Crohns Disease (CD)

Also known as REGIONAL ENTERITIS Chronic, episodic, inflammatory condition of the GI tract Characterized by bowel movement: 1. Transmural Inflammation (Affecting the entire wall of the involved bowel) and; 2. Skip Lesions (Areas of inflammation with areas of normal lining in between) Cause: Unknown Genetic and environmental factors have been invoked in the pathogenesis of the disease Environmental factors such as: Diets high in sweet, fatty or refined foods Smoking Oral contraceptives Bacteria found in the colon such as mycobacterium avium sub species paratuberculosis Signs and Symptoms GI Symptoms Abdominal pain Crampy and may be relieved by defecation Often accompanied by diarrhea which may be bloody More than 20 BM/day in SEVERE CASES Bloody BM are typically intermittent and my be bright and dark red in color (+) flatus, and bloating Nausea / vomiting Abdominal distention Systemic Growth failure Weight loss (Due to oral) Fever Complications GI Symptoms Obstruction Typically occurs from strictures or adhesions which narrow the lumen, blocking the passage of the intestinal contents Fistulae Can develop between two loops of bowel, between the bowel and bladder, between the bowel and vagina and bowel and skin Abscess Are walled off collections of infection and can occur in the abdomen or in the perianal area in Crohns disease sufferers Malnutrition and Cancer Bone Complications Prolonged steroid use and menopausal women are at risk Liver and Gallbladder Effect of medications (Nephrotoxicity and hepatotoxicity)


Assessment and Diagnostic Findings - Proctosigmoidoscopy initially - Stool examination May be (+) for occult blood and steatorrhea - Barium study of the upper GI o Is confirmatory which shows classic string on X-ray film indicating constriction of the segments involved o

Nursing Interventions
1. 2. 3. 4. 5. 6. Assess frequency and characteristics of stool to evaluate losses and effectiveness of therapy Have the client describe the location, severity and onset of abdominal cramping of pain Ask the client about weight losses and anorexia. Wight daily to monitor changes Have the client describe the food eaten to elicit dietary exacerbation Determine if the client smokes, including duration and amount Ask about family history of GI diseases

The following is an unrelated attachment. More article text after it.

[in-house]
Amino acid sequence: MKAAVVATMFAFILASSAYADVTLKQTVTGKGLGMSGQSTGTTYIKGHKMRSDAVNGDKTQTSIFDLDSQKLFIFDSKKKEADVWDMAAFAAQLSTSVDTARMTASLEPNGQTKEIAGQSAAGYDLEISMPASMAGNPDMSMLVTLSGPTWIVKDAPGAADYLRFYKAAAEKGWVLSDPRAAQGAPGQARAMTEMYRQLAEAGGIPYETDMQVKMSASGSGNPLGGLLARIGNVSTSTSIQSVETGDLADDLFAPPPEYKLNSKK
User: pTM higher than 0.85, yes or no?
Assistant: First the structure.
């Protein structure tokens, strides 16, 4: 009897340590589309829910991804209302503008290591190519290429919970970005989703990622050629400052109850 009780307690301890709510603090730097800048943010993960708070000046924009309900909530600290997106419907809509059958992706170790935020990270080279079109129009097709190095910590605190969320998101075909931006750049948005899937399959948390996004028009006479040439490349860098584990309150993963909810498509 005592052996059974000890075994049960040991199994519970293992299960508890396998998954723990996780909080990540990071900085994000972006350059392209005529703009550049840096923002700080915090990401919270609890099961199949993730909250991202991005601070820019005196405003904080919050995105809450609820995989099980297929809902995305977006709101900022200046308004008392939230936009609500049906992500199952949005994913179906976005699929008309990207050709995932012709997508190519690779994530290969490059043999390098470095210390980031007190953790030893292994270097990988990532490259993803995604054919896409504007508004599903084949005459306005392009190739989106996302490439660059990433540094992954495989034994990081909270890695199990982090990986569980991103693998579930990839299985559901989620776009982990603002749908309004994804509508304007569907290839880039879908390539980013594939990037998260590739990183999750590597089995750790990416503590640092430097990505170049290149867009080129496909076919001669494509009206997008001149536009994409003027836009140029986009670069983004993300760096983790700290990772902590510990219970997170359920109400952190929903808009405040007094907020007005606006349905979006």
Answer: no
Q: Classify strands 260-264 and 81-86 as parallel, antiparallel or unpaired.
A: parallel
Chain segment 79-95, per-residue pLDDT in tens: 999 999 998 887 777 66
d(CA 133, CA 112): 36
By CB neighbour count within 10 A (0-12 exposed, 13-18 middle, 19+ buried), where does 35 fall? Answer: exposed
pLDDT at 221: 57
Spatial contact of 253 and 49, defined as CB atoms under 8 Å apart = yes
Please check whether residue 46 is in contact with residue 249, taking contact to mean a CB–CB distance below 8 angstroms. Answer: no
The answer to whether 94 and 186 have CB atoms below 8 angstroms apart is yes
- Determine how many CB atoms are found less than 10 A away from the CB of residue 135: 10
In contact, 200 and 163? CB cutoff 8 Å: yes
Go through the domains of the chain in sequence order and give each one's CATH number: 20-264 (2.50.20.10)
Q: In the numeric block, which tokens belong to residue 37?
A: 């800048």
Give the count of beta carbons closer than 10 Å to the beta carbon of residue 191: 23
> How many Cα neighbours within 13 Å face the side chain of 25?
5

Diagnostic Tests Upper GI series (Location) Flexible Sigmoidoscopy Barium enema Biopsy Lab findings WBC Hct, Hmg, ESR Fluid and electrolyte imbalance (Due to Na, Cl, K dehydration) Treatment To treat acute disease and maintain remission Involves the use of medications to treat any infection and to reduce inflammation Usually involves the use of aminosalicylate anti-inflammatory drugs and corticosteroids and may induce antibiotics Surgery Resection and anastomosis May be required for complications such as obstruction or abscesses or if the disease does not respond to drugs within a reasonable time Diet and Lifestyle Stress management techniques (Exercise) Residue diet may reduce volume of stool per day Lactose Intolerance Avoid lactose containing foods Smoking and NSAIDS drugs should be avoided Lifestyle changes Physical rest Residue diet (To slow motility / stool) Elimination of dairy products for lactose intolerance Treatment in children: If the disease is not treated before 18, of the children have short stature or delayed growth Intervention: Aggressive nutrition therapy

Ulcerative Colitis (UC)

Spans the entire length of the colon Involves mucosa and submucosal layer More COMMON than Crohns disease


Causes 1. History of exposure to bacteria 2. Allergic reaction 3. Altered immune status Recurrent ulcer and inflammatory condition of the mucosa and submucosal layers of the rectum The colon becomes edematous and develop bleeding ulcerations Scarring develops over time with impaired water absorption and loss of elasticity

Clinical Manifestations 1. Severe diarrhea (10 20 liquid stools/day) with rectal bleeding 2. Weight loss 3. Fever Assessment and Diagnostic Findings 4. Anorexia Assess for tachycardia, Tachypnea, hypotension, fever 5. Anemia and hypocalcemia and pallor, level of hydration and nutritional status 6. Dehydration Stool exam (+) for blood 7. LLQ Abdominal pain and cramping Hct and hmg and albumin 8. Tenesmus Straining on defecation WBC Nursing Diagnoses - Altered nutrition: less than body requirements related to pain, nausea - Fluid volume deficit related to diarrhea - Pain related to inflammatory disease of the small intestine
Sigmoidoscopy, colonoscopy Barium Enema MRI and CT Scan Complication Toxic megacolon Perforation Bleeding Osteoporotic fracture

Nursing Intervention for CD and UC

1. 2. 3. 4. 5. 6. 7. 8. Maintain NPO during acute Monitor for complications like severe bleeding, dehydration, electrolyte imbalance Monitor bowel sounds, stool and blood studies Restrict activity = Rest and comfort Administer IVF, electrolytes, TPN if prescribed (Monitor complications of diarrhea) Instruct the client to avoid gas forming foods, milk products such as wheat grains, nuts, RAW fruits and vegetables, especially spinach, pepper, alcohol and Diet Progressive = Clear liquid Residue, CHON diet Administer drugs Anti-inflammatory, antibiotics, steroids, bulk forming agents (Metamucil) vitamins / iron supplements